Gamers rejoice - PlayStation 4 is coming.
Sony's announcement yesterday confirmed some existing rumours and rubbished others, and new ones have arisen ahead of an expected launch at the end of the year.
I had a conversation recently with Sony Computer Entertainment NZ's David Hine, who told me his camp had progressed beyond herding players into their bedrooms and were thinking socially.
The PS4 announcement appears to confirm that statement with an array of features including instant sharing of screenshots and motion clips, and interactive live streaming of gameplay with the possibility for other players to comment and even take control remotely.
This could potentially turn the tips-and-tricks community on its head. Imagine a live games rescue squad coming to your aid.
Insiders and observers alike are calling the caring, sharing features an ecosystem.
The lineup of games - and forget the talk about the do-everything devices, because it's games that matter most - looks promising. Bungie are out to better themselves with the post-Halo title called Destiny, and Ubisoft's Watch Dogs has been starring in "most-anticipated" lists since its demonstration at E3 last year.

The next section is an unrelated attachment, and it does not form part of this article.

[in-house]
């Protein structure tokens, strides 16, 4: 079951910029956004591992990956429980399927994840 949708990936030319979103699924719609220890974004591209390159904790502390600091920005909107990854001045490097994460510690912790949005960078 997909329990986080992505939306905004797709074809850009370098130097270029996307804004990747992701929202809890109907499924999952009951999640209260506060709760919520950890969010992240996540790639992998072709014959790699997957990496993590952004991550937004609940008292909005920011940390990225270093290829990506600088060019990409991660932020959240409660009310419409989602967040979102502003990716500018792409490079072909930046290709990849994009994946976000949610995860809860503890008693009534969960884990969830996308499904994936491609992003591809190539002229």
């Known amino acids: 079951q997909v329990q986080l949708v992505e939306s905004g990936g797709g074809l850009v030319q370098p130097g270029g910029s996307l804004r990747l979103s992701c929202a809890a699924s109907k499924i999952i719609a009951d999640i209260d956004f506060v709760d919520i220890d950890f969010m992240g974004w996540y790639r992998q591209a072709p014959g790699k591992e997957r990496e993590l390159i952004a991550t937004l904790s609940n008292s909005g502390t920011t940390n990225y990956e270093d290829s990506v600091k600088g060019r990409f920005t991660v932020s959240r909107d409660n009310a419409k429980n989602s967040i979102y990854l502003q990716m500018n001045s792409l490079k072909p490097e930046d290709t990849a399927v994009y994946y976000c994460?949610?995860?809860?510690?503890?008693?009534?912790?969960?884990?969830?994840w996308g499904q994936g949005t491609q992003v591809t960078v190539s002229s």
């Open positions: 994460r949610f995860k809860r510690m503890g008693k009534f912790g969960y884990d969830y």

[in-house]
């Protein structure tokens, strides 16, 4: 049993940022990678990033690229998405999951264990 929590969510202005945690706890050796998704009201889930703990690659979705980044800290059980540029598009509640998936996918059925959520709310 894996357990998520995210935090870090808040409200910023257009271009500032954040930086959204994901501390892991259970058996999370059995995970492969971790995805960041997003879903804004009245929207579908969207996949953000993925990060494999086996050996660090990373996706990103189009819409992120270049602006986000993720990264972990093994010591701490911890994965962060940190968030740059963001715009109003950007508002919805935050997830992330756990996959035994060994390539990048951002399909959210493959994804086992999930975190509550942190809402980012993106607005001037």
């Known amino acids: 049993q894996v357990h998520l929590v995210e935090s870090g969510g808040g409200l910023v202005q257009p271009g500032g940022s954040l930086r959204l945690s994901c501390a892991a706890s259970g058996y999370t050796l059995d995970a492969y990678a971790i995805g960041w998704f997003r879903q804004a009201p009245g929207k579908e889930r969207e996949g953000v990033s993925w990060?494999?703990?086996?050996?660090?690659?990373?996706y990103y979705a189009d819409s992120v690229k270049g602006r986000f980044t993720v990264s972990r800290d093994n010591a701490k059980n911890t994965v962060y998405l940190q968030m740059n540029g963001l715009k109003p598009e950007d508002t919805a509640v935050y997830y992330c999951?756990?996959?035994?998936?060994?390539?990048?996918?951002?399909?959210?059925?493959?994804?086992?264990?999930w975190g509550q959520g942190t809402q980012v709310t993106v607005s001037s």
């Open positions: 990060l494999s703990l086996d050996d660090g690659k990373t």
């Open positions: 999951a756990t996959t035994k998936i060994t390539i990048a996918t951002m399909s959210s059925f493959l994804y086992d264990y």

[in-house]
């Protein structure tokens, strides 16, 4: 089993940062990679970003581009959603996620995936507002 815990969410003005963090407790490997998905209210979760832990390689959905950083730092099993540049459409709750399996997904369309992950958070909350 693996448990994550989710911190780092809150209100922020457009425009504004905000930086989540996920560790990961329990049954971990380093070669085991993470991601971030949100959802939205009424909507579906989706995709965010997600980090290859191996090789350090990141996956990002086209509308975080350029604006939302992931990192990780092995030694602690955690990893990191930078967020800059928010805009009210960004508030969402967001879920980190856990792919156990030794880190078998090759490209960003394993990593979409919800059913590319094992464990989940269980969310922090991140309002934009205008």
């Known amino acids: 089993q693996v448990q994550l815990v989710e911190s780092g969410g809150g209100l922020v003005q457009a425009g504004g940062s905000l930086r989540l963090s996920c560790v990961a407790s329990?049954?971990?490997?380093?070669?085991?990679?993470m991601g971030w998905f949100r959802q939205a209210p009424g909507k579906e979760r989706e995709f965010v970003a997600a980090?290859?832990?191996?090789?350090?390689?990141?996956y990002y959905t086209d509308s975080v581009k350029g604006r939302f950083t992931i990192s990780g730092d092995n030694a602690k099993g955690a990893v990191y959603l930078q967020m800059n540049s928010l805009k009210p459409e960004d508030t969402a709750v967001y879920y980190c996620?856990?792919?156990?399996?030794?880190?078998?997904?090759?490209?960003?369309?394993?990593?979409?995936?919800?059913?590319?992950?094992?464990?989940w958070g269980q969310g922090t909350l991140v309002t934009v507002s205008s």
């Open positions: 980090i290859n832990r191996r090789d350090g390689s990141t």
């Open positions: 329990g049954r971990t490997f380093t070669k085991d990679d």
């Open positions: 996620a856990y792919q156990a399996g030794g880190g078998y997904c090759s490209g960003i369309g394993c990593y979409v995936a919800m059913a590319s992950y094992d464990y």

Earlier this month, SCE NZ described New Zealand as a "PlayStation Nation" on the strength of the brand's sales here. With that in mind, the issue of backwards compatibility is a key one.
In yesterday's announcement it was said that the PS4 would support cloud-based streaming of classic titles, eventually enabling players to access "everything ever" and "only pay for the games they actually love".
A concern is the suggestion that the PS4 will not be able to play disks designed for older consoles.
That might be a blow for Kiwis who have been collecting PlayStation games for almost 20 years.
Hopefully it won't be too costly for gamers to unlock access to streaming versions of the games they actually love.
My hope is the PS4 arrives on the right side of Christmas, at a fair price, with ease of use right out of the box.